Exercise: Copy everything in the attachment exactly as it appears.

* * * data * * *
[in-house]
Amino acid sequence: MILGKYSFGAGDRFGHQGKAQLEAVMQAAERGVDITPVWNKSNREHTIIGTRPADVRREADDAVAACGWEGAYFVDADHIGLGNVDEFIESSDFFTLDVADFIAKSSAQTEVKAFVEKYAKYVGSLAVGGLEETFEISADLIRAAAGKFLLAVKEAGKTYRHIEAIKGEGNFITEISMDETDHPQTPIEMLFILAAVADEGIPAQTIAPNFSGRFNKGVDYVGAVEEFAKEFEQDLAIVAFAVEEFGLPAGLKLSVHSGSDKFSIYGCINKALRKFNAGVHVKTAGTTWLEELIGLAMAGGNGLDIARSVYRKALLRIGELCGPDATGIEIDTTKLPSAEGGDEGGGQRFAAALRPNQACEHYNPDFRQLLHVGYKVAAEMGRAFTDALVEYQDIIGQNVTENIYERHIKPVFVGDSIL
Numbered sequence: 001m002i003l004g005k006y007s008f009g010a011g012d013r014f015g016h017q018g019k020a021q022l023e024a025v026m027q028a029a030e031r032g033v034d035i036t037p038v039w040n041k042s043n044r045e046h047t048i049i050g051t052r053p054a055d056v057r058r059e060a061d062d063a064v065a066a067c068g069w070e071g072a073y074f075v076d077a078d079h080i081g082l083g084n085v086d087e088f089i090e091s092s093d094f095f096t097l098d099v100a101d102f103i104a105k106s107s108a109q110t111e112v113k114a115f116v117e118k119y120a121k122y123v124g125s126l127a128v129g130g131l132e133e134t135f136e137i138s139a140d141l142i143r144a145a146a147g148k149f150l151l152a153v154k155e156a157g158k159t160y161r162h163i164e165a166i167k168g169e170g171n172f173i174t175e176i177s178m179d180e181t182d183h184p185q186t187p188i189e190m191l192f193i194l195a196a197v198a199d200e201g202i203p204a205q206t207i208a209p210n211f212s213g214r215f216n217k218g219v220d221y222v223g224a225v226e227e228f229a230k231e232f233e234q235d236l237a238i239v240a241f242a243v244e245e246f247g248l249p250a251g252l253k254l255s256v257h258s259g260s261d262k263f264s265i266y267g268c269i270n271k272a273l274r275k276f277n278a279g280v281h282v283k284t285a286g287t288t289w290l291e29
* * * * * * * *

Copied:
[in-house]
Amino acid sequence: MILGKYSFGAGDRFGHQGKAQLEAVMQAAERGVDITPVWNKSNREHTIIGTRPADVRREADDAVAACGWEGAYFVDADHIGLGNVDEFIESSDFFTLDVADFIAKSSAQTEVKAFVEKYAKYVGSLAVGGLEETFEISADLIRAAAGKFLLAVKEAGKTYRHIEAIKGEGNFITEISMDETDHPQTPIEMLFILAAVADEGIPAQTIAPNFSGRFNKGVDYVGAVEEFAKEFEQDLAIVAFAVEEFGLPAGLKLSVHSGSDKFSIYGCINKALRKFNAGVHVKTAGTTWLEELIGLAMAGGNGLDIARSVYRKALLRIGELCGPDATGIEIDTTKLPSAEGGDEGGGQRFAAALRPNQACEHYNPDFRQLLHVGYKVAAEMGRAFTDALVEYQDIIGQNVTENIYERHIKPVFVGDSIL
Numbered sequence: 001m002i003l004g005k006y007s008f009g010a011g012d013r014f015g016h017q018g019k020a021q022l023e024a025v026m027q028a029a030e031r032g033v034d035i036t037p038v039w040n041k042s043n044r045e046h047t048i049i050g051t052r053p054a055d056v057r058r059e060a061d062d063a064v065a066a067c068g069w070e071g072a073y074f075v076d077a078d079h080i081g082l083g084n085v086d087e088f089i090e091s092s093d094f095f096t097l098d099v100a101d102f103i104a105k106s107s108a109q110t111e112v113k114a115f116v117e118k119y120a121k122y123v124g125s126l127a128v129g130g131l132e133e134t135f136e137i138s139a140d141l142i143r144a145a146a147g148k149f150l151l152a153v154k155e156a157g158k159t160y161r162h163i164e165a166i167k168g169e170g171n172f173i174t175e176i177s178m179d180e181t182d183h184p185q186t187p188i189e190m191l192f193i194l195a196a197v198a199d200e201g202i203p204a205q206t207i208a209p210n211f212s213g214r215f216n217k218g219v220d221y222v223g224a225v226e227e228f229a230k231e232f233e234q235d236l237a238i239v240a241f242a243v244e245e246f247g248l249p250a251g252l253k254l255s256v257h258s259g260s261d262k263f264s265i266y267g268c269i270n271k272a273l274r275k276f277n278a279g280v281h282v283k284t285a286g287t288t289w290l291e29